With the Alien prequel, the PG-13 rating may, as has been pointed out, not be as poisonous to the end product as could be feared (it’d be interesting to see just what classification Alien would get under today’s more relaxed rules). There is scope for fear, peril and horror under MPAA guidelines. However, what’s likely to be scaled back is the level of violence, and the language.
Is that going to be calamitous for a new Alien film? Probably not, but it might just nip at its edges a bit (and, tonally, there has to be a concern too), and that’s where the level of concern arises.
Hellraiser, you’d have to say, is a different case altogether. I’ve sat through the first movie several times, and the thought of what would have to be done to it in order to have it appeal to the teen audience is a scary one. You can only assume that the Weinsteins just want the Pinhead character, rather than the tone and surroundings of the films he found himself in.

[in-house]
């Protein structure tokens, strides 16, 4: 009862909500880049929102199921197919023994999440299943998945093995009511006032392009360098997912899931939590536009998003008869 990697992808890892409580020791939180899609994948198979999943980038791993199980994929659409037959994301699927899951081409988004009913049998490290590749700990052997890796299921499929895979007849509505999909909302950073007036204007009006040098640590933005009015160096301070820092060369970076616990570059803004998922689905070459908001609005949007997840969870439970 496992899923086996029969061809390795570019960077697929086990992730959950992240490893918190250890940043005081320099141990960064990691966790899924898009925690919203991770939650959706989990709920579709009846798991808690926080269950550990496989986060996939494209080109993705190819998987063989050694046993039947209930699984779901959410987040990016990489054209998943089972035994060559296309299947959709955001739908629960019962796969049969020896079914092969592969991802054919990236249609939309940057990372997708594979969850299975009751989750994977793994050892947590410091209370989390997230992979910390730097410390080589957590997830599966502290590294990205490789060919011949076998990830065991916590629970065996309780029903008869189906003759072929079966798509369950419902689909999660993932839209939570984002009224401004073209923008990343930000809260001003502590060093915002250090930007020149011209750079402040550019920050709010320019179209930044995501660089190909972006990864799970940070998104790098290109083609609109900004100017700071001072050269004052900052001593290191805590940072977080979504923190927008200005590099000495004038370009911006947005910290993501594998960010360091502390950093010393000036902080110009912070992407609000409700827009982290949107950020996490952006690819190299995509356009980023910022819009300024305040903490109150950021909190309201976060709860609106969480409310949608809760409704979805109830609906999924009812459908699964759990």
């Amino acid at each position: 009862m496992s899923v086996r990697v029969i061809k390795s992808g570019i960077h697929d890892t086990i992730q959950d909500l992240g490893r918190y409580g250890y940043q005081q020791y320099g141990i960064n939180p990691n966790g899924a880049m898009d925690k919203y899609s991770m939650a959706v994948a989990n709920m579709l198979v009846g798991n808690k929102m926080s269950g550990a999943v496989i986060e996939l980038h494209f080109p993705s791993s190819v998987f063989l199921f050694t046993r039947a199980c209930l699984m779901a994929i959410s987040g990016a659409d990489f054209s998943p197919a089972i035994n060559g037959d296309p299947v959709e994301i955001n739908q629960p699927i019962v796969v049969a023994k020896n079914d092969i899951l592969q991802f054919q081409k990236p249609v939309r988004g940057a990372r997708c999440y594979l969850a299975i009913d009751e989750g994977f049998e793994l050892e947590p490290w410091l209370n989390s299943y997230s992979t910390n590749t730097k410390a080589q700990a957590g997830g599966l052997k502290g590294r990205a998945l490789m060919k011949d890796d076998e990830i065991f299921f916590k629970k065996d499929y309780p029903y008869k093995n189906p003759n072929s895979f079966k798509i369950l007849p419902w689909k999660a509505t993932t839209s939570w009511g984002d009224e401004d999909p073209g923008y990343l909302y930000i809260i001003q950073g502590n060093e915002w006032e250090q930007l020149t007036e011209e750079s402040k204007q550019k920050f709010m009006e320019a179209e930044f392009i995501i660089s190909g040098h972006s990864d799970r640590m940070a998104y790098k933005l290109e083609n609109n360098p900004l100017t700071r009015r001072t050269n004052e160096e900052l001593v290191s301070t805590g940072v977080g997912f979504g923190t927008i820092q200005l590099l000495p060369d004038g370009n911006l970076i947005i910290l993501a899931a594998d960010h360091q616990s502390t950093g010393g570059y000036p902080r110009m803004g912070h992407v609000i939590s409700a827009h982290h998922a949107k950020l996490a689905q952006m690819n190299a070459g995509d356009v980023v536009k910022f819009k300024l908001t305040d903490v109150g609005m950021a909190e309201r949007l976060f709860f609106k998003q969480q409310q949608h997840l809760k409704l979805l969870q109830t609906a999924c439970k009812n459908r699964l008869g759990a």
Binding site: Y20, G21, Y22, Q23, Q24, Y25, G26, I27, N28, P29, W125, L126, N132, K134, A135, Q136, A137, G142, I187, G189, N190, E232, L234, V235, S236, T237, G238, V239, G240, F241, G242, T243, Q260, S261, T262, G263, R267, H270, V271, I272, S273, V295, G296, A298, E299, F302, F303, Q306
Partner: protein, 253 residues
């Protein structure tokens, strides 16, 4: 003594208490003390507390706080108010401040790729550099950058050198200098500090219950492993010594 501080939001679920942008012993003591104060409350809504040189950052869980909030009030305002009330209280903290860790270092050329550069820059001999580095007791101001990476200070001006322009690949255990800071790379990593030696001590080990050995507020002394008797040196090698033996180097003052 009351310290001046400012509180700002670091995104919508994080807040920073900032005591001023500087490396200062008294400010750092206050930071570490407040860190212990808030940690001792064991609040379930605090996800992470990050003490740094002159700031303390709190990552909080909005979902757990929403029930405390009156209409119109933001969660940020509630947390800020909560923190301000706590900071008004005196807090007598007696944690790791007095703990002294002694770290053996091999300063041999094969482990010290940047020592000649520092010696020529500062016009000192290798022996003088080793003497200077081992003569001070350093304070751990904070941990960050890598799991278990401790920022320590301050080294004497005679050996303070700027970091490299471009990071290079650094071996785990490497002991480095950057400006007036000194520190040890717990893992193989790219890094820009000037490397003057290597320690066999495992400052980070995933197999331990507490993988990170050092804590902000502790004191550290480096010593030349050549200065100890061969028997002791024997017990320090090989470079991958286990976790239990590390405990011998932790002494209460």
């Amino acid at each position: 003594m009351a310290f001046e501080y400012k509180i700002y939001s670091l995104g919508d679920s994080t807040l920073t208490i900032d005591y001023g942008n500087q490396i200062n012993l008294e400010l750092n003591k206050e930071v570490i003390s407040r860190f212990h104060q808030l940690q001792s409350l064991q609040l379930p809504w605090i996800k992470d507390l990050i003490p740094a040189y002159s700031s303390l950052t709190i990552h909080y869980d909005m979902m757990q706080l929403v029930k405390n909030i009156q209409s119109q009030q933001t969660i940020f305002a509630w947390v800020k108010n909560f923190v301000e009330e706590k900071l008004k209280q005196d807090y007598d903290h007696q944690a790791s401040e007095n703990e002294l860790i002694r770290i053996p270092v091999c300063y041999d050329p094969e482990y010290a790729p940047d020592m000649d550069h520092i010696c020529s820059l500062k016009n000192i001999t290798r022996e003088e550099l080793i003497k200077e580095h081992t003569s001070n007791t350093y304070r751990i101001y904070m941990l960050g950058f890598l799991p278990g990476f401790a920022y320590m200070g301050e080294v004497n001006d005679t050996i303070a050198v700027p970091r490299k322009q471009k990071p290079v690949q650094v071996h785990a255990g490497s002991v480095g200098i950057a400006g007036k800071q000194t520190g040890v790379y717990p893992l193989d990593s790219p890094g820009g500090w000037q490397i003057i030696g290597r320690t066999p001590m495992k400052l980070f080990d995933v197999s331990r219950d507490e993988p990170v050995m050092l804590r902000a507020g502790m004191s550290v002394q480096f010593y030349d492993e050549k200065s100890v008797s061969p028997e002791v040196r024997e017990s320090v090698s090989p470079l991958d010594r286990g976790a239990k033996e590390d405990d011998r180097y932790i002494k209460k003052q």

The instant assumption is that, when a film is pitched for a PG-13 rating, compromises will be made. That the level of violence and gore will come down, and that the ‘adult’ edges of a movie will suffer. As it happens, it’s sex that gets cut back the most.
One of the great ironies of the rating systems, and this isn’t exclusive to America, is that it’s remarkably tolerant of all sorts of violence, but a softer act of two human beings making love to one another is far likely to get you a tougher rating. Always an odd one, that.
Yet, with all this in mind, are we right to be fearful of harder-edged or more adult-themed films being packaged in a PG-13-friendly end result? I’d argue yes and no.